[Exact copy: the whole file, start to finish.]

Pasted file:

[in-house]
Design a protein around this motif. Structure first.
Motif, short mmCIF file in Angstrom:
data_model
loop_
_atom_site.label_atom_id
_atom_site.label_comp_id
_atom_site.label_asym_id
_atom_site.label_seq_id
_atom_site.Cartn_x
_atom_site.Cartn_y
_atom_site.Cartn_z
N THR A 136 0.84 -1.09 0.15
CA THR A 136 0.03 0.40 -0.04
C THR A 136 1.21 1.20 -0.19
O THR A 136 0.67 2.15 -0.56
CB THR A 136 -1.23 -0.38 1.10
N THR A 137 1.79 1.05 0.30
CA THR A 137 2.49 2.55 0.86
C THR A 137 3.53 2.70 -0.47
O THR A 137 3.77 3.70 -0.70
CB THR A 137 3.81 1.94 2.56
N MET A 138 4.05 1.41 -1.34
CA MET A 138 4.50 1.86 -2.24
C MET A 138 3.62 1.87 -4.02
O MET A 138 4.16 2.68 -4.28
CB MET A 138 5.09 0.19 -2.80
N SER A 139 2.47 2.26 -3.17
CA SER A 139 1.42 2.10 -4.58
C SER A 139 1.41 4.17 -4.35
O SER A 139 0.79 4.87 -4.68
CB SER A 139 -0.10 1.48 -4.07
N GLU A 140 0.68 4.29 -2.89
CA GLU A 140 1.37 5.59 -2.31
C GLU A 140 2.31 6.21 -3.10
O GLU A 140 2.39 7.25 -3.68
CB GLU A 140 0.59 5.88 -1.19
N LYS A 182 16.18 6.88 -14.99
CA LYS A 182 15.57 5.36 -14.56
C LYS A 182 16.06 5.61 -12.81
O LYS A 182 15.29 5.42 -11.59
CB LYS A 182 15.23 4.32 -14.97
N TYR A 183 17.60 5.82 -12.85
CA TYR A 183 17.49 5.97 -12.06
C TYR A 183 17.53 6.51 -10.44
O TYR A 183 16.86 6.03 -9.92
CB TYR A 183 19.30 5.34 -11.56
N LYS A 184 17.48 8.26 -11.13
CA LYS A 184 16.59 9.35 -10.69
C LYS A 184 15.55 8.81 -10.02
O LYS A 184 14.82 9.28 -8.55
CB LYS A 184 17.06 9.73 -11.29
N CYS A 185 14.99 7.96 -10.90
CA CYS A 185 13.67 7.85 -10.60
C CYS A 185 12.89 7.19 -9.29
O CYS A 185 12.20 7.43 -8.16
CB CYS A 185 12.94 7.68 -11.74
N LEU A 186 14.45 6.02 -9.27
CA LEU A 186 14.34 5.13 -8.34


[in-house]
Design a protein around this motif. Structure first.
Motif, short mmCIF file in Angstrom:
data_model
loop_
_atom_site.label_atom_id
_atom_site.label_comp_id
_atom_site.label_asym_id
_atom_site.label_seq_id
_atom_site.Cartn_x
_atom_site.Cartn_y
_atom_site.Cartn_z
N THR A 136 0.84 -1.09 0.15
CA THR A 136 0.03 0.40 -0.04
C THR A 136 1.21 1.20 -0.19
O THR A 136 0.67 2.15 -0.56
CB THR A 136 -1.23 -0.38 1.10
N THR A 137 1.79 1.05 0.30
CA THR A 137 2.49 2.55 0.86
C THR A 137 3.53 2.70 -0.47
O THR A 137 3.77 3.70 -0.70
CB THR A 137 3.81 1.94 2.56
N MET A 138 4.05 1.41 -1.34
CA MET A 138 4.50 1.86 -2.24
C MET A 138 3.62 1.87 -4.02
O MET A 138 4.16 2.68 -4.28
CB MET A 138 5.09 0.19 -2.80
N SER A 139 2.47 2.26 -3.17
CA SER A 139 1.42 2.10 -4.58
C SER A 139 1.41 4.17 -4.35
O SER A 139 0.79 4.87 -4.68
CB SER A 139 -0.10 1.48 -4.07
N GLU A 140 0.68 4.29 -2.89
CA GLU A 140 1.37 5.59 -2.31
C GLU A 140 2.31 6.21 -3.10
O GLU A 140 2.39 7.25 -3.68
CB GLU A 140 0.59 5.88 -1.19
N LYS A 182 16.18 6.88 -14.99
CA LYS A 182 15.57 5.36 -14.56
C LYS A 182 16.06 5.61 -12.81
O LYS A 182 15.29 5.42 -11.59
CB LYS A 182 15.23 4.32 -14.97
N TYR A 183 17.60 5.82 -12.85
CA TYR A 183 17.49 5.97 -12.06
C TYR A 183 17.53 6.51 -10.44
O TYR A 183 16.86 6.03 -9.92
CB TYR A 183 19.30 5.34 -11.56
N LYS A 184 17.48 8.26 -11.13
CA LYS A 184 16.59 9.35 -10.69
C LYS A 184 15.55 8.81 -10.02
O LYS A 184 14.82 9.28 -8.55
CB LYS A 184 17.06 9.73 -11.29
N CYS A 185 14.99 7.96 -10.90
CA CYS A 185 13.67 7.85 -10.60
C CYS A 185 12.89 7.19 -9.29
O CYS A 185 12.20 7.43 -8.16
CB CYS A 185 12.94 7.68 -11.74
N LEU A 186 14.45 6.02 -9.27
CA LEU A 186 14.34 5.13 -8.34